Face Value: 1983 Cents

Posted on 3/12/2024

If you're lucky enough to find a wrong-planchet variety, it could be worth thousands of dollars.

The 1983 Lincoln Cents are remarkable for a Doubled Die variety that can be worth hundreds of dollars and a Transitional Error that can be worth thousands. The fact that 1983 Cents can still be found in circulation makes them a popular and exciting area of numismatics.

1983 Cent - Transitional Error

The Transitional Error occurs when a mint changes the composition of the planchets, and a coin is struck using a planchet from a previous year. For instance, the most well-known error coin, the 1943 Bronze Cent, is a Transitional Error. A few dozen were incorrectly struck on bronze planchets instead of the steel that was supposed to be used for all 1943-dated Cents as an emergency measure during World War II. These 1943 Bronze Cents, found in ordinary pocket change in mundane transactions, now invariably sell for over $100,000 at auction.

In 1982, the US Mint switched cents from planchets that were 95% copper to ones that were 97.5% zinc and only 2.5% copper, the composition still used today. The process that caused the 1983 Transitional Error Cents is believed to be the same as what happened 40 years early: Some of the blank planchets became lodged in totes at the mint facility before coming loose later and continuing their journey, next being fed into the coining presses to be struck by dies.

1983 Lincoln Cent with Transitional Error
Click images to enlarge.

The example graded NGC MS 64 RB shown here is part of a Stack's Bowers auction in March 2024, where bidding had surpassed $3,000 more than two weeks before the sale. Examples graded NGC MS 61 RB and NGC MS 61 BN sold through Heritage Auctions in 2020 for $4,800 and $3,120, respectively.

A 1983 Cent with the Transitional Error will be heavier than other 1983 Cents. The former planchets, made primarily of copper, weigh 3.11 grams, much higher than the 2.5 grams for the newer planchets. (This is because copper has a higher density than zinc.)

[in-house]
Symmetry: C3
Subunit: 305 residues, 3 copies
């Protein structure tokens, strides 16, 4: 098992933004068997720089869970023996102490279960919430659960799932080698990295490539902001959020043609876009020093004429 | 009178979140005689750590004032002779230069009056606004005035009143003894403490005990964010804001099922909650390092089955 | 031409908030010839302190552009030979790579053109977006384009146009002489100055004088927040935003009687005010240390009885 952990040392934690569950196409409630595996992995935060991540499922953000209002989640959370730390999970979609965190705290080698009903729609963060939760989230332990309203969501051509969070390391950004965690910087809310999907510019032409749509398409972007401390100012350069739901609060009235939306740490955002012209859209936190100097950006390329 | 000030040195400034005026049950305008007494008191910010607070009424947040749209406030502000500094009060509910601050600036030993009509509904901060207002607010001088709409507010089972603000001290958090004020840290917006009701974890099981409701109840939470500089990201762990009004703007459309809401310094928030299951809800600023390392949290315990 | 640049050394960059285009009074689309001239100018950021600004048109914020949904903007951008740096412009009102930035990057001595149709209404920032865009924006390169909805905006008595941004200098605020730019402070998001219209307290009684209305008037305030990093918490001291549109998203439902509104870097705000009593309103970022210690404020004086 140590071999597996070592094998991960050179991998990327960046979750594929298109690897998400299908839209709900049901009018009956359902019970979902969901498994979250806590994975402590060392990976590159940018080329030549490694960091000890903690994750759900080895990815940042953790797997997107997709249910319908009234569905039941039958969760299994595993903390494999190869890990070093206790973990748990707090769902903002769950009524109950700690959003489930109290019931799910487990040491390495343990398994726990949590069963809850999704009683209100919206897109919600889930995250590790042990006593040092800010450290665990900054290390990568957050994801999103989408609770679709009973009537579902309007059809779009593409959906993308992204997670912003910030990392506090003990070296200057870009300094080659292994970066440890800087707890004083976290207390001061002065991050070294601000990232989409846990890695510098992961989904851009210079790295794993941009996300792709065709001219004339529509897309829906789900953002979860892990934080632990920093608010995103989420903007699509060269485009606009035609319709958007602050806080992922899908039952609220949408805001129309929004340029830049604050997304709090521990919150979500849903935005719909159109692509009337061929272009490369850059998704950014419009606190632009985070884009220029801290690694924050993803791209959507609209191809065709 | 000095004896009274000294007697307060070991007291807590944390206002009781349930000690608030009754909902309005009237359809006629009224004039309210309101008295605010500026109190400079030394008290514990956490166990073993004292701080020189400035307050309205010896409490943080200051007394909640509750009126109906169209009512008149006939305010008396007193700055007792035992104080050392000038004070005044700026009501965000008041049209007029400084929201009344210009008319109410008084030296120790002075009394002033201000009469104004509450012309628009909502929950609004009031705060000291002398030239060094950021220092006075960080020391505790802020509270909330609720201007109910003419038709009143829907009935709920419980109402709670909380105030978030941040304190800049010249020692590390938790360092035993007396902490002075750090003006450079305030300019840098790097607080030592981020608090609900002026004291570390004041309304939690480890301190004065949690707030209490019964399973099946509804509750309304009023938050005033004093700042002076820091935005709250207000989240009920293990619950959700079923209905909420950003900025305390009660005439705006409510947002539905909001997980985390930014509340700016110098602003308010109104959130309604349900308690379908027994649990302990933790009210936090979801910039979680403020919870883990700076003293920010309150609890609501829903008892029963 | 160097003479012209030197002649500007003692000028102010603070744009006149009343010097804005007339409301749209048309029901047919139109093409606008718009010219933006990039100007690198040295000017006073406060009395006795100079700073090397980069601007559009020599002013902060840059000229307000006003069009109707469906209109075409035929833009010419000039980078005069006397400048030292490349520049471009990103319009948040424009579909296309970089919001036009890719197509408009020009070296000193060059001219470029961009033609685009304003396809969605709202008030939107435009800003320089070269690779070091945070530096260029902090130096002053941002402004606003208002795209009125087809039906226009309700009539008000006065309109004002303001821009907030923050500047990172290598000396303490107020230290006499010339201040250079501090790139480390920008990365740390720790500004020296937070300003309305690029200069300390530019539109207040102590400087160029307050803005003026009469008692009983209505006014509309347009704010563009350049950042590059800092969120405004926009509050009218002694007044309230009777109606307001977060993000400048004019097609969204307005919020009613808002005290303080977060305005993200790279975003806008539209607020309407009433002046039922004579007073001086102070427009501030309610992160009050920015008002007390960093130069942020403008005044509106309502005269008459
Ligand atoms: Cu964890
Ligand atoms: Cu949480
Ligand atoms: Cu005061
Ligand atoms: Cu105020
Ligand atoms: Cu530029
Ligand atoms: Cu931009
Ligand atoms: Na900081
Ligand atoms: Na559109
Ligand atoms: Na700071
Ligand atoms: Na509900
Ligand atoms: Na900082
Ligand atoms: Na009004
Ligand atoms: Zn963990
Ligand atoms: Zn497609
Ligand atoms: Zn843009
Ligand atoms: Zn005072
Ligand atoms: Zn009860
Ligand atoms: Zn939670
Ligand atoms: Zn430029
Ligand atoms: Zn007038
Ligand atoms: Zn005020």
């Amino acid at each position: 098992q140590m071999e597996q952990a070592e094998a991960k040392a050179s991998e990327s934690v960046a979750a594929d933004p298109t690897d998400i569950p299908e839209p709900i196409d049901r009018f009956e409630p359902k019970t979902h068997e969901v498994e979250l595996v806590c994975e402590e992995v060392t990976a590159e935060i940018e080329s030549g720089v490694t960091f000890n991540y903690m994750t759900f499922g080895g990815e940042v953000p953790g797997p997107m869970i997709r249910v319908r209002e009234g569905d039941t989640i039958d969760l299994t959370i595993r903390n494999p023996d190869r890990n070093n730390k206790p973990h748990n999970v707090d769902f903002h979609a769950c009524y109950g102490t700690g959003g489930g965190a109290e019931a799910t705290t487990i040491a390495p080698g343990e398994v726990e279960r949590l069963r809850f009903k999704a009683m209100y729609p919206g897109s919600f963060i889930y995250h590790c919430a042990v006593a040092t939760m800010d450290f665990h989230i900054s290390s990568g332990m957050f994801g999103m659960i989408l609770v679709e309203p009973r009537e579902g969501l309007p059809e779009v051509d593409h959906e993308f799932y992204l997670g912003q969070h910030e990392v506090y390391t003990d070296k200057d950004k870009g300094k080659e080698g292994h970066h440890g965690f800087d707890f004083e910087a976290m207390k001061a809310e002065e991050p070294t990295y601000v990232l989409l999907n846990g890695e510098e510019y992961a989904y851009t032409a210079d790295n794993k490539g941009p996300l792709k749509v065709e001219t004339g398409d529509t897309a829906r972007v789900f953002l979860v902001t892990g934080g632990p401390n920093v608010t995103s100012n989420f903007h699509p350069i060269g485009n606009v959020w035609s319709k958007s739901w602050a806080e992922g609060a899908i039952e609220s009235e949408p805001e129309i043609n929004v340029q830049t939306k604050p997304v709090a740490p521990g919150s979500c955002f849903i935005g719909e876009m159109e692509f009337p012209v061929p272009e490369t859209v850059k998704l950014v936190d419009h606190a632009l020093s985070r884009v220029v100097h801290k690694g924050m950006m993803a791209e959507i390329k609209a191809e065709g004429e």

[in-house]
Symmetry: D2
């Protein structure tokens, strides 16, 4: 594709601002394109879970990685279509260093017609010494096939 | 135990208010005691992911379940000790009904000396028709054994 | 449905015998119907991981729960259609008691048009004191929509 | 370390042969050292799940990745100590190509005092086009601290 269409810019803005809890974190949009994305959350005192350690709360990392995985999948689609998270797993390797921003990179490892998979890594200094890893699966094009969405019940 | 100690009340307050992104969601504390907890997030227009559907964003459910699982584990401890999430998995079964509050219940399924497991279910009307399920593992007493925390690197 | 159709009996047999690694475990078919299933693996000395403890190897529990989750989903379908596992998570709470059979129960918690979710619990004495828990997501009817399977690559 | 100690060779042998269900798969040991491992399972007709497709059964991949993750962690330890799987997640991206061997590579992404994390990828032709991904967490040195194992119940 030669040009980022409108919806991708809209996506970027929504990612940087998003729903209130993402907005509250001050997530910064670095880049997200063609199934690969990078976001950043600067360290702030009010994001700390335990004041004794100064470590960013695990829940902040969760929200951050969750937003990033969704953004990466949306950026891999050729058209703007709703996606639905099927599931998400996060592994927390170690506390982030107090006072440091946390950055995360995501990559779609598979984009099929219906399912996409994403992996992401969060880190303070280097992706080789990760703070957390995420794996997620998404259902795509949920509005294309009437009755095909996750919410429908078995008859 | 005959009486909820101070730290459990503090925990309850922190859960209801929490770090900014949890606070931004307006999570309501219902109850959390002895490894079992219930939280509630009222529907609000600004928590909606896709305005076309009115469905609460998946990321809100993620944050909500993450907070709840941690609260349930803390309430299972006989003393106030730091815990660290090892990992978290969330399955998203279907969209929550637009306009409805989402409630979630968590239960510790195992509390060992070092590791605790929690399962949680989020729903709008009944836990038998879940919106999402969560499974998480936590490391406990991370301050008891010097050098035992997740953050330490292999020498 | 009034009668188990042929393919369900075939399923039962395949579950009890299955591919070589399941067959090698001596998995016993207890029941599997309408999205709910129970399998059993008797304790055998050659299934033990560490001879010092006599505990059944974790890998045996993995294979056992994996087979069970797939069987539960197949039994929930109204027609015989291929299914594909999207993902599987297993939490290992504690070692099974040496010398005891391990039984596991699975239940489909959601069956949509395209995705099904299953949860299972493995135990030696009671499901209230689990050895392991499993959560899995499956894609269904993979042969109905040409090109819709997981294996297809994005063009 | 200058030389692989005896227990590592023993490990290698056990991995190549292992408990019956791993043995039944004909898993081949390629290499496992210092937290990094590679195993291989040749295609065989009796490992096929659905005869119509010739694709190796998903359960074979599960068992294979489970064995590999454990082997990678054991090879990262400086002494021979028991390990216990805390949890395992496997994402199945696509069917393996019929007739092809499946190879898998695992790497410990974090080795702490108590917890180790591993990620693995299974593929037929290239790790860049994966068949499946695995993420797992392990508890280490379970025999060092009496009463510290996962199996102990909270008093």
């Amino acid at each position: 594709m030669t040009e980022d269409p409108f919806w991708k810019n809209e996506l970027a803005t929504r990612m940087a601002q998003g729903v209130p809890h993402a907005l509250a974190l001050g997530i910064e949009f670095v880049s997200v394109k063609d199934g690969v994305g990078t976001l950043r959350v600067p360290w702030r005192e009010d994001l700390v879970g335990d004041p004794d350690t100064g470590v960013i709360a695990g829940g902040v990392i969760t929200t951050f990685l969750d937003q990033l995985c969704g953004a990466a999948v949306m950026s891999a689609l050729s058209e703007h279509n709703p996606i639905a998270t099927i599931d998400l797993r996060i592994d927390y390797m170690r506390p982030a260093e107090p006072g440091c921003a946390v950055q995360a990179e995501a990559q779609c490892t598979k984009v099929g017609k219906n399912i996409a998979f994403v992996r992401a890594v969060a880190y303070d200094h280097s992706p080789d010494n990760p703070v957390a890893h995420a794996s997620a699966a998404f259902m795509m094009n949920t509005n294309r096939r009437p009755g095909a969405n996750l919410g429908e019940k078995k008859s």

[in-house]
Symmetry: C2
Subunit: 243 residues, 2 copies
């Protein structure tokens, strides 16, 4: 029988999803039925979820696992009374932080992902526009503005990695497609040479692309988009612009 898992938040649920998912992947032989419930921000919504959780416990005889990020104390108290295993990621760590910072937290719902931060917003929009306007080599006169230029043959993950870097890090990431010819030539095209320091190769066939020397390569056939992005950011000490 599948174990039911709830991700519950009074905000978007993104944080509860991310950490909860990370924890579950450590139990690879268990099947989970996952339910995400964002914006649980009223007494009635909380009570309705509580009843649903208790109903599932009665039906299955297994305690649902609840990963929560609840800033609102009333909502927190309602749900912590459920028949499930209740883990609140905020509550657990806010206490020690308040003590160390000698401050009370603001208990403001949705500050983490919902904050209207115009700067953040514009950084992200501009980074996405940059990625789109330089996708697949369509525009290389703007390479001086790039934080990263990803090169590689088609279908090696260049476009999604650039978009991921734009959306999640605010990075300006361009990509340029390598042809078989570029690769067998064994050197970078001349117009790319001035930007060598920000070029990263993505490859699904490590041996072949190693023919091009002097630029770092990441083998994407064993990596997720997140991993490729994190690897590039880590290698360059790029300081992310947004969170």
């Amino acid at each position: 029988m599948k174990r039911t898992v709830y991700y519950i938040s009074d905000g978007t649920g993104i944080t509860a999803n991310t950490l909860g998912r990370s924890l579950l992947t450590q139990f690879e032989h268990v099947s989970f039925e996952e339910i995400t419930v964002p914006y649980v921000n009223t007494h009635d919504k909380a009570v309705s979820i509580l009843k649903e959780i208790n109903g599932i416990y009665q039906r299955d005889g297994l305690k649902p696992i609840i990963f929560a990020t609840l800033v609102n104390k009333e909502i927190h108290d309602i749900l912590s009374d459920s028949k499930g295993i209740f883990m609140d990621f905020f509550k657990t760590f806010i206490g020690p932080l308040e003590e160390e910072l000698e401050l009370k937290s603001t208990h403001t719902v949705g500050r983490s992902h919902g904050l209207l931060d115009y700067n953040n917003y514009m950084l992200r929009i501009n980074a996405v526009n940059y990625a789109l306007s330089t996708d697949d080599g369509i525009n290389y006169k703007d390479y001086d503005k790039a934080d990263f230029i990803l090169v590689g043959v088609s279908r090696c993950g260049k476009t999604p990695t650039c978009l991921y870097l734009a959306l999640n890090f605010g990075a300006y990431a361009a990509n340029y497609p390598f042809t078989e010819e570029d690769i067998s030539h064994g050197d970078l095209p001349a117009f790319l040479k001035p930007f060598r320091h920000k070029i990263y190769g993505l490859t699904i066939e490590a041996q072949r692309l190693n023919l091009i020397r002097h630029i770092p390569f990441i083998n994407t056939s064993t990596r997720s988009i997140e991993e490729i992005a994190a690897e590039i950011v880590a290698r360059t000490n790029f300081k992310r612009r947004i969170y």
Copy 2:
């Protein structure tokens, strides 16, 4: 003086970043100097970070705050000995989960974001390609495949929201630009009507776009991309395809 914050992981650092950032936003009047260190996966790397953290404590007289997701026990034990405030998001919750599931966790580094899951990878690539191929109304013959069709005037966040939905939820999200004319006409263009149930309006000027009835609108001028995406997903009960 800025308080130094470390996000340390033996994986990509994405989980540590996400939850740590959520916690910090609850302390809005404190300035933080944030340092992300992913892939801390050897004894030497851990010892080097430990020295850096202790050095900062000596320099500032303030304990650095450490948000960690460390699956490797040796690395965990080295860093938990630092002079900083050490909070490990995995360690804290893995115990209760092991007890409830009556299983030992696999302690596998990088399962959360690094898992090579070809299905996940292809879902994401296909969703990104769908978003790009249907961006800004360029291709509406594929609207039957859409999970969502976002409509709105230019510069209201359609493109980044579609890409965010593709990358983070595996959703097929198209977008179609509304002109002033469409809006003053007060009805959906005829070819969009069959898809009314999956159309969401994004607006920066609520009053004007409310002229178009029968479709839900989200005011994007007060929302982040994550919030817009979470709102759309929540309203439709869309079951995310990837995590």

1983 Doubled Die Reverse Variety

Lincoln Cents were struck with a Wheat Ears reverse for their first 50 years, and then with the Lincoln Memorial from 1959 to 2008. Only a handful of Doubled Die varieties from the Memorial Reverse Cents are recognized by the collecting community as major varieties, including Doubled Die Obverses from 1969-S, 1970-S, 1970, 1971-S, 1972, 1984 and 1995, as well as a Doubled Die Reverse from 1983.

1983 Doubled Die Reverse Lincoln Cent
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The doubling is evident on the lettering of the reverse. Mint State examples in RB or RD generally sell for hundreds of dollars. Sales through Heritage Auctions in 2023 include ones graded NGC MS 65 RD that realized $264, NGC MS 66 RB that realized $324, NGC MS 67 RD that realized $810 and NGC MS 68 RD that realized $2,640.

Other varieties

Four different Doubled Die Obverse varieties are known for 1983 Cents, and they are attributed in NGC Variety Plus as FS-101, FS-102, FS-103 and VP-005. An FS-101 example graded NGC MS 64 BN realized $70 through Heritage Auctions in 2011.

Another variety known as FS-401 is easily identifiable by a large die break on the reverse that results in a cud obliterating much of the words ONE CENT.

The standard issues

1983 Cents with no mintmark were struck at the US Mint facilities in Philadelphia and West Point, while ones with the 'D' mintmark were struck in Denver. Significant collector value shows up only at the top of the grading scale, with the NGC Price Guide listing a 1983 in NGC MS 68 RD for $375 and a 1983-D in NGC MS 68 RD for $215, as of March 2024.

1983 Lincoln Cent
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1983-D Lincoln Cent
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Proofs were struck only in San Francisco and bear the 'S' mintmark. More than 3 million were struck, and the numismatic value is most keenly experienced at the top level, with the NGC Price Guide listing an example graded NGC PF 70 Ultra Cameo RD at $1,800, as of March 2024.

1983-S Proof Lincoln Cent
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